Electric Monkey (Egmont), 2013. ISBN 978-1-4052-6398-6
Fifteen year-old Ever owes her name to fairy-tale endings, but ‘happily ever after’ certainly doesn’t fit for her. Since her mother died she has covered herself in grief and weight. The way she lives has become predicated on her size. She tries to isolate herself from embarrassing situations and hurtful remarks, but without enough success. To avoid bringing attention to herself, she even hides her beautiful singing, although Rat, her one friend, urges her to audition for the school musical. Worse still are the persist hateful comments from Skinny, a voice in her head, a voice that shreds any remaining self-esteem. Ever finds it impossible to lose weight, and decides on gastric bypass surgery. Rat supports her through the operation and the lengthy recovery process. A friend of her sister’s gives her a glamorous makeover. She starts getting admiring looks. Gorgeous Jackson, a friend in pre-obesity days, asks her to partner him at the school ball. Life is a whole lot better. If only Rat hadn’t faded from the scene, and if only Skinny wasn’t continuing her horrible commentary. Then comes the ball. Ever is mortified to find Jackson kissing another girl, and her sister dancing with Rat. But it is her sister who finally makes her realise that Rat only ever had eyes for her. He is there for her when she auditions for the musical, and gets the part. Romance blossoms. And even though Skinny still occasionally puts in a word or two, Ever realises she doesn’t have to listen. Happily ever after isn’t so inappropriate after all.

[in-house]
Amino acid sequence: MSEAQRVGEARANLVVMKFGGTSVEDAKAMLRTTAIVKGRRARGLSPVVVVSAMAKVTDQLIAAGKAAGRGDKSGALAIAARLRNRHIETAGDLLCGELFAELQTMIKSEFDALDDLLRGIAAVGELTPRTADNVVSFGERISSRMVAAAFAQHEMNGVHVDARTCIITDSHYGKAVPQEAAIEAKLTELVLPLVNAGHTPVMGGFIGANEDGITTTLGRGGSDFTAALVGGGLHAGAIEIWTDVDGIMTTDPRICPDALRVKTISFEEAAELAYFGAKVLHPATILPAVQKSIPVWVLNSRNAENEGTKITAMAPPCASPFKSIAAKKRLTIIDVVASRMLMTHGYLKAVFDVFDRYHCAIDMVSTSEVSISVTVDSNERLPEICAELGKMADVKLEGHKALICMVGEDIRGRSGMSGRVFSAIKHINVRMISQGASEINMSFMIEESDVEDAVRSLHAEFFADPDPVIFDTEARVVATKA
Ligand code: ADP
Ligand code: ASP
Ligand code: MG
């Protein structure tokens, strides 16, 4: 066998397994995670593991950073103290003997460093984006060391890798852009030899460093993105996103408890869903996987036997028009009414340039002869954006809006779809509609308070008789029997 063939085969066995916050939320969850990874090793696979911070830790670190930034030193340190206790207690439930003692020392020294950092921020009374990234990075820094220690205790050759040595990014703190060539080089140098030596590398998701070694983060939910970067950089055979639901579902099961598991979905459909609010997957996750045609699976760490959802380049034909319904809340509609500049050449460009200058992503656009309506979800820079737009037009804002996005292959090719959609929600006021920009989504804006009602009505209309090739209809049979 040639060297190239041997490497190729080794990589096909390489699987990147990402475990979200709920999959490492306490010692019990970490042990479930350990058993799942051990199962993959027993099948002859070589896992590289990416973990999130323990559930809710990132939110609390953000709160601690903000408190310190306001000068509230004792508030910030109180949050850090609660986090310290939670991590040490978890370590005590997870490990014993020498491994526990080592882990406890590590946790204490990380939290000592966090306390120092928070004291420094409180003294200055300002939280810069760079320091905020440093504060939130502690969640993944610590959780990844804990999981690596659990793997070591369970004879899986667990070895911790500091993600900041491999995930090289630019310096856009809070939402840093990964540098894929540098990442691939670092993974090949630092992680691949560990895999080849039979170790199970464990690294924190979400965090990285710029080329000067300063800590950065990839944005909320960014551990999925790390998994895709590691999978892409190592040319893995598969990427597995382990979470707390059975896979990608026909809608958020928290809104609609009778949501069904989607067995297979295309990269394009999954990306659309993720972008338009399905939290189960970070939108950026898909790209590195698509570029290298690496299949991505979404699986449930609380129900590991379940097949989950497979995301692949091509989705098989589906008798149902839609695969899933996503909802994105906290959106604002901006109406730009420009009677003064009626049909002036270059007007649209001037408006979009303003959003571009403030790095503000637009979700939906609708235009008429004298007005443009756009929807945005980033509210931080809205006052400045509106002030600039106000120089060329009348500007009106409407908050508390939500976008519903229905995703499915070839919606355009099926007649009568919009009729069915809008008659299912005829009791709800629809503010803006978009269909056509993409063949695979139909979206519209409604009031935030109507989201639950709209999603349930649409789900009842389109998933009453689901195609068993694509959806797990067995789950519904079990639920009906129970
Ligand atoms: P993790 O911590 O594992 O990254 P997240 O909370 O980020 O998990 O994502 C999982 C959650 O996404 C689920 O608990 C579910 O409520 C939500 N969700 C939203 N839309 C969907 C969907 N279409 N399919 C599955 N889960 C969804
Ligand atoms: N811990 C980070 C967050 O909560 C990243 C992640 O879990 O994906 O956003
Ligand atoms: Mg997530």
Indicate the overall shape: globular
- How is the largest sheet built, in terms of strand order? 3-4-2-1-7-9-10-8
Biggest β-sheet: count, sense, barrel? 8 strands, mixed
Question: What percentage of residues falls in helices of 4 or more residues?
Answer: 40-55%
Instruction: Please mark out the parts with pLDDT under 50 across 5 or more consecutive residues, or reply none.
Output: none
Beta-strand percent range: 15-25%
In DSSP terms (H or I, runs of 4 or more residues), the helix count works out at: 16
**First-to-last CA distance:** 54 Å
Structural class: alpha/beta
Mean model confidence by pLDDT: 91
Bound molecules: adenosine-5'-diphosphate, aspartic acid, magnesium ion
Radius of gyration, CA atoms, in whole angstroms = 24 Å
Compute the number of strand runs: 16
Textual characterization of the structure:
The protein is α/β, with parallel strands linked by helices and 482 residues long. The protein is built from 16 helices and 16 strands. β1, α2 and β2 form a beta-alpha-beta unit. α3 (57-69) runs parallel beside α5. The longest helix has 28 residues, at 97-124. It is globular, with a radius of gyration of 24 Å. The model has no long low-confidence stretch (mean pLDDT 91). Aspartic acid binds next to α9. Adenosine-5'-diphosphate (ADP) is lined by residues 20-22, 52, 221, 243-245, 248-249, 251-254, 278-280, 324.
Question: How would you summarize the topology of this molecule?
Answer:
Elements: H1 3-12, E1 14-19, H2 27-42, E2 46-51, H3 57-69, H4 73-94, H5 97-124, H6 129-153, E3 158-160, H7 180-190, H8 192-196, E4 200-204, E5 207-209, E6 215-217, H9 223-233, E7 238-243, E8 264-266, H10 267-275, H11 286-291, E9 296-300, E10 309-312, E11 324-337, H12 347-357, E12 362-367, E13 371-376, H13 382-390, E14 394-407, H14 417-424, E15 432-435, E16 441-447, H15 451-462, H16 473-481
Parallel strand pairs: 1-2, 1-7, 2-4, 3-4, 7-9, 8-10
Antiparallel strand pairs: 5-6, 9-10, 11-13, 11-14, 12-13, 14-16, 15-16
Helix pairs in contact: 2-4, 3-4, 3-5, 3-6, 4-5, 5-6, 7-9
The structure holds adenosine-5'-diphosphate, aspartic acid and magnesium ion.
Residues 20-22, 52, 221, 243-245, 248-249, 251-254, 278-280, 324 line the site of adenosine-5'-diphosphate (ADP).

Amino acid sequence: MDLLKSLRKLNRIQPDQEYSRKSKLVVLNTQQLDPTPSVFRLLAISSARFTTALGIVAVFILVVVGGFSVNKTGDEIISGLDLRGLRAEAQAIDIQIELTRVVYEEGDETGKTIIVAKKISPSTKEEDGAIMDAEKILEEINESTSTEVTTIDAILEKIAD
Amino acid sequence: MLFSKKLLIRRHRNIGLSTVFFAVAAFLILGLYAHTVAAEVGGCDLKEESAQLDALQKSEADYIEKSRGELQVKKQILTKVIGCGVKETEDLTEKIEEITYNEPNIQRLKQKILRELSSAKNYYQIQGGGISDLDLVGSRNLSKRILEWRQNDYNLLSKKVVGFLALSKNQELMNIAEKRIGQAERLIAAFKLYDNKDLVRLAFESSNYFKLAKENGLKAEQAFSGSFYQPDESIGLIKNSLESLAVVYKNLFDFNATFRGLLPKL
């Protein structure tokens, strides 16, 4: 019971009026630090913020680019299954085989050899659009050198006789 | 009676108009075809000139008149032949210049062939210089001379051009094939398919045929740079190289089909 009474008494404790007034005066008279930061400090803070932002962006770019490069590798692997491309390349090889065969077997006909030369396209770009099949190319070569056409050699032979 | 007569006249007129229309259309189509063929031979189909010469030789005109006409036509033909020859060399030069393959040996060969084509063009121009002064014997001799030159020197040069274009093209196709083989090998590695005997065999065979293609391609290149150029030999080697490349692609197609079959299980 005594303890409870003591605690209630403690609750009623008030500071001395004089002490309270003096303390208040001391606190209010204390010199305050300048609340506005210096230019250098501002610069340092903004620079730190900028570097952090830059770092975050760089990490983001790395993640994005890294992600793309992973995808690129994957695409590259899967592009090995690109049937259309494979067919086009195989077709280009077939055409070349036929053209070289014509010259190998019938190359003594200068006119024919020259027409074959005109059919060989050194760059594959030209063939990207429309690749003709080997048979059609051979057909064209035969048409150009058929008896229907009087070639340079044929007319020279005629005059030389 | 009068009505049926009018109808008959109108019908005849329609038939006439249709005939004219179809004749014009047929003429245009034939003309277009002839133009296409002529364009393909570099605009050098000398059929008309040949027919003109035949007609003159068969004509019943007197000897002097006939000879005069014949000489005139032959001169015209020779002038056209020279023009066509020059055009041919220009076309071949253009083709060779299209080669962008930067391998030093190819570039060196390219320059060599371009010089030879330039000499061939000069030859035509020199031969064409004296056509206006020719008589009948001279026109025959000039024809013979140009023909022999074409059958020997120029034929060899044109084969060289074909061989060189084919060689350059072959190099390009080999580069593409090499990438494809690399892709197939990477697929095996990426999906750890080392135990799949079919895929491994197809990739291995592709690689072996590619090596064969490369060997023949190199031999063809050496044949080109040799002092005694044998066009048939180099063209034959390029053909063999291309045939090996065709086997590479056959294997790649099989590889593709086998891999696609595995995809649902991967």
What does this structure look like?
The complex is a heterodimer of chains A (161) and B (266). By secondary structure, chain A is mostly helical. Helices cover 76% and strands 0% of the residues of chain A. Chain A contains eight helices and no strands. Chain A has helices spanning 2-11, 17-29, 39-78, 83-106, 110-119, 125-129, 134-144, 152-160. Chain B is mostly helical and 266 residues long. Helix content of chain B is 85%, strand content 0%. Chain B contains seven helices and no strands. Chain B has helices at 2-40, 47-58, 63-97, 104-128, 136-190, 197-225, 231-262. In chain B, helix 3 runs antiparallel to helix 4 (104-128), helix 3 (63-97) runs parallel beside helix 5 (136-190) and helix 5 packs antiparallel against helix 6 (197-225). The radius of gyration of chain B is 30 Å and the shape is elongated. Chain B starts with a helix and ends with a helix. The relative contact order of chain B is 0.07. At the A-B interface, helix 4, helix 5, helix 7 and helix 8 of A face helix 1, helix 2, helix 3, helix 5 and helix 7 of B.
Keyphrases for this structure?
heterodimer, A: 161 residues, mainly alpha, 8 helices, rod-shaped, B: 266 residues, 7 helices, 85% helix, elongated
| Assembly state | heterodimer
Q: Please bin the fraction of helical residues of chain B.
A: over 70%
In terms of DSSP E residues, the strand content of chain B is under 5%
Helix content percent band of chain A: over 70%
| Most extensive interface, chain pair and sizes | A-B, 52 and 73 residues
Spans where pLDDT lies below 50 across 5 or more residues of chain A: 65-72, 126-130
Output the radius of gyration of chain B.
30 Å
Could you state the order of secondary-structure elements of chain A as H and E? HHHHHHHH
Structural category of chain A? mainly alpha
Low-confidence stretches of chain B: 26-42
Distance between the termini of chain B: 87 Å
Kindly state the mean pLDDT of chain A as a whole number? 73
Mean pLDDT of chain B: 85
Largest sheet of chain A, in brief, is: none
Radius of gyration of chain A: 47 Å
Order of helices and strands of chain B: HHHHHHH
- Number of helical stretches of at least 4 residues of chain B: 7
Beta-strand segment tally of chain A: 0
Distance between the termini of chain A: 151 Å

This is a well written, humorous, thought-provoking and enjoyable book that will appeal to lots of KS3&4 girls. Ever is an attractive hero, and Skinny a brilliant invention. The first person narrative is very successful, pulling the reader into Ever’s shame and self-loathing, then her gradual realisation of the harm Skinny has done her, and finally her triumph over self-doubt. The author herself had gastric bypass surgery, and clearly knows the impact of excessive weight, and what it feels like to shed it. However I do have qualms, particularly in relation to potentially vulnerable readers. One is the ease of Ever’s path to drastic surgery. There is no exploration of other routes into weight loss, and we read nothing that suggests proper psychiatric support before or after the operation, surely vital, especially for a teenager. My other concern is the emphasis on physical attractiveness as the means to fulfilment, happiness and love. Rat explains his love for Ever: ‘Because you are, and always have been, beautiful.’ It is clear from the context that he means physical beauty. What about her funniness, her cleverness, her courage, her caring nature, her wonderful singing, her uniqueness? A book that is definitely worth having, and that ideally will be used alongside others with slightly different messages.